Real Christmas tree or artificial? It’s been a debate for decades.

With Statistics Canada reporting more than 1,300 tree farms and 2.4 million trees exported in 2021, the real tree remains a popular option.

But so are artificial trees, which are imported en masse to Canada, with more than $60 million in sales in 2021.

Those who want a real tree this year will have to pay the price as Christmas prices increase along with inflation. In Ottawa, trees can range widely in price and can run to more than $100. But even the fake trees aren’t cheap. For example, Canadian Tire’s “top pick” artificial tree is retailing this year for $120.

The Christmas tree tradition can be traced back to the Middle Ages in Germany and has brought people together during the holiday season for centuries. But beyond the smell of pine and the allure of lights and ornaments there are more nuanced considerations to choosing a tree.

Both real and artificial trees carry some environmental concerns.

Sandy Smith, the director of forestry programs at University of Toronto, gets a real fir tree every year at Christmas.

Smith said artificial trees are of greater environmental concern than real ones. A life-cycle analysis of the artificial brand — which evaluates environmental impact from extracting materials used in the trees to final decomposition — can be far worse for artificial trees than real ones, she says. Artificial trees are often transported greater distances to be sold and are made of materials that decompose very slowly, including plastics and microplastics.

“I worry much more about agricultural environmental impacts” from artificial trees than from the effects on forests of getting a real tree, said Smith.

For longtime Ottawa resident Rosemarie Harrison, Christmas tree traditions have changed over the years, but for decades now she has displayed an artificial Christmas tree.

Growing up in Saskatchewan, she always had a real tree. Now, she feels, the sustainability of keeping real trees in homes is not there, “especially with all the stripping that they’ve done of trees out in British Columbia and probably in New Brunswick as well.”

She’s not alone. A poll from the American Christmas Tree Association found that nearly 77 per cent of respondents are putting up an artificial Christmas tree this year.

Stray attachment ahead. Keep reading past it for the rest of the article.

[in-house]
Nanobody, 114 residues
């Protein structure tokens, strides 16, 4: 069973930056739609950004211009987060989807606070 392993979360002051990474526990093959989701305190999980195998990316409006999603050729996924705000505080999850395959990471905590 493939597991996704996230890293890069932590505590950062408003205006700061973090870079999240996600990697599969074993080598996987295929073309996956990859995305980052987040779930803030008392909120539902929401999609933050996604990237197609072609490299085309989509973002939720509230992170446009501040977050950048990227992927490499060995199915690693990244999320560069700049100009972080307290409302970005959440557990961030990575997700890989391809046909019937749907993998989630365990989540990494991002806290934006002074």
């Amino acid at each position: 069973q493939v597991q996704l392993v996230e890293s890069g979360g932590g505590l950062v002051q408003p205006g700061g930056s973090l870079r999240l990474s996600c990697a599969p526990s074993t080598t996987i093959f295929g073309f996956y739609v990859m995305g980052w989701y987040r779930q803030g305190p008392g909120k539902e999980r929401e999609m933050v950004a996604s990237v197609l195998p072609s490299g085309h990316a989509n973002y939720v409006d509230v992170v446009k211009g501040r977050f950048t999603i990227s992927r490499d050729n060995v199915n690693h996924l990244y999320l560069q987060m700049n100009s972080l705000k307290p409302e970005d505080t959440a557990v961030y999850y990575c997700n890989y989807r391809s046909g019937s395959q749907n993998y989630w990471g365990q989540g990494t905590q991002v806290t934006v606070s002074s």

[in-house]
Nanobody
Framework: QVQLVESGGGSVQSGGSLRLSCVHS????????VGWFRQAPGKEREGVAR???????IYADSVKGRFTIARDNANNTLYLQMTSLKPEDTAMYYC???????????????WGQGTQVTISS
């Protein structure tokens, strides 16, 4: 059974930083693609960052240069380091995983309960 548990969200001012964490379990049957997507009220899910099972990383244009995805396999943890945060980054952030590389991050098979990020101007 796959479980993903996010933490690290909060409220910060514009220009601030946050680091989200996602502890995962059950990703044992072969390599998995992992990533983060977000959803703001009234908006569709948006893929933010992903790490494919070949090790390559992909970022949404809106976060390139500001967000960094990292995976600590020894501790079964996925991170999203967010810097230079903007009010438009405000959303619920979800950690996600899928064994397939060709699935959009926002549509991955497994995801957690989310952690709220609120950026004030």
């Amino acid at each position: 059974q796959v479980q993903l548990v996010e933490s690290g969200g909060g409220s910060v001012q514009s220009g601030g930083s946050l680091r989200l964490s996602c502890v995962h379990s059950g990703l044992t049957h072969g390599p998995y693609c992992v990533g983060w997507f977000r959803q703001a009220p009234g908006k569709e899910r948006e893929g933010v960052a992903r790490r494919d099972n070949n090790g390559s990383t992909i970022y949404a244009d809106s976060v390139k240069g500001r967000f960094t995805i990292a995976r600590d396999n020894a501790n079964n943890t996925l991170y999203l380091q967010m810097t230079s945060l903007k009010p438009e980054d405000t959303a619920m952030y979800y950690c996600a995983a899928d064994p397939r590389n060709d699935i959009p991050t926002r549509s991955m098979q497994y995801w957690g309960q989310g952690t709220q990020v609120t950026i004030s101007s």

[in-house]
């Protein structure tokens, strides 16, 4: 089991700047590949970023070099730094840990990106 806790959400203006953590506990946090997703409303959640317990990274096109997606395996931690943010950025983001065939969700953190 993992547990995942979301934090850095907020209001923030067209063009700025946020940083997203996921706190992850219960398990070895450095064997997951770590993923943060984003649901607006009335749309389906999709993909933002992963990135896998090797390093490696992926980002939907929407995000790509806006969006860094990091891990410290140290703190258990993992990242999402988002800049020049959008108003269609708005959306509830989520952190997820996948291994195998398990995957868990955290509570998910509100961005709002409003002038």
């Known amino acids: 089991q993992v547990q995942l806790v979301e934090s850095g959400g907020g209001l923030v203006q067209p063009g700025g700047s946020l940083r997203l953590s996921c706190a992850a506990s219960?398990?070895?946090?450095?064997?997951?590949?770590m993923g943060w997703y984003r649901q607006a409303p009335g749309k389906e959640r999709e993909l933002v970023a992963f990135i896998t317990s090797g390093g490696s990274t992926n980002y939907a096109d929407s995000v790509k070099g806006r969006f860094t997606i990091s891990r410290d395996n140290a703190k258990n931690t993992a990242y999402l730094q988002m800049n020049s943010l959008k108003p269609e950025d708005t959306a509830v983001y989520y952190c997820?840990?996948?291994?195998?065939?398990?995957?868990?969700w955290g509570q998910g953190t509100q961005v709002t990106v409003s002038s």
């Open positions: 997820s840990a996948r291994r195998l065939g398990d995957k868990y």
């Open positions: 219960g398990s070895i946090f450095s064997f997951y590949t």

Asked what they liked most about an artificial Christmas tree, consumers polled cited the easy set-up and take-down and the consistent appearance. Half of respondents also said easy maintenance was their primary reason for purchasing an artificial tree. 

Harrison said she prefers her tree for its convenience and because artificial trees are less of a fire hazard. When she was growing up, she said, her family had real candles “sitting on the tree” on a tin-foil plate. 

“You really had to have a very green tree to do that,” she said.

Christmas pine trees displayed at Orléans Cedars Landscaping and Hedges. [Photo @ Kyle Magee]

Smith said she likes to support the the real Christmas tree industry as 'they've invested a lot like any farmer or grower" and it's a tradition that can bring together the family.

“People love to go out with their family, it’s a winter event,” said Smith.

She said if a study showed her the real Christmas tree industry was worse for the environment than the artificial variety, she'd have to re-evaluate.

"Maybe I'd just put twinkling lights on my house plant and call it a Christmas tree."

Tanya Mitchell-Reyes said she decorated her boyfriend's artificial tree with his family this year.

"It's just easier to get an artificial tree to use every year. It saves money and it's less of a hassle. A real tree drops a lot of pine needles too so it's just cleaner," the Ottawa resident said.

She also noted the aftermath of Christmas is a lot easier with an artificial tree. "I know with other people they didn't like having to get rid of the tree, where as I can just pack it up and use it again next year."

Harrison said real Christmas trees remind her of an old tradition of going into the woods with her family in Nova Scotia and finding the right tree for their home.

“Even though the artificial ones can be quite nice and pretty, they're not the same as a real Christmas tree and they don’t quite bring back the memories for me,” said Harrison.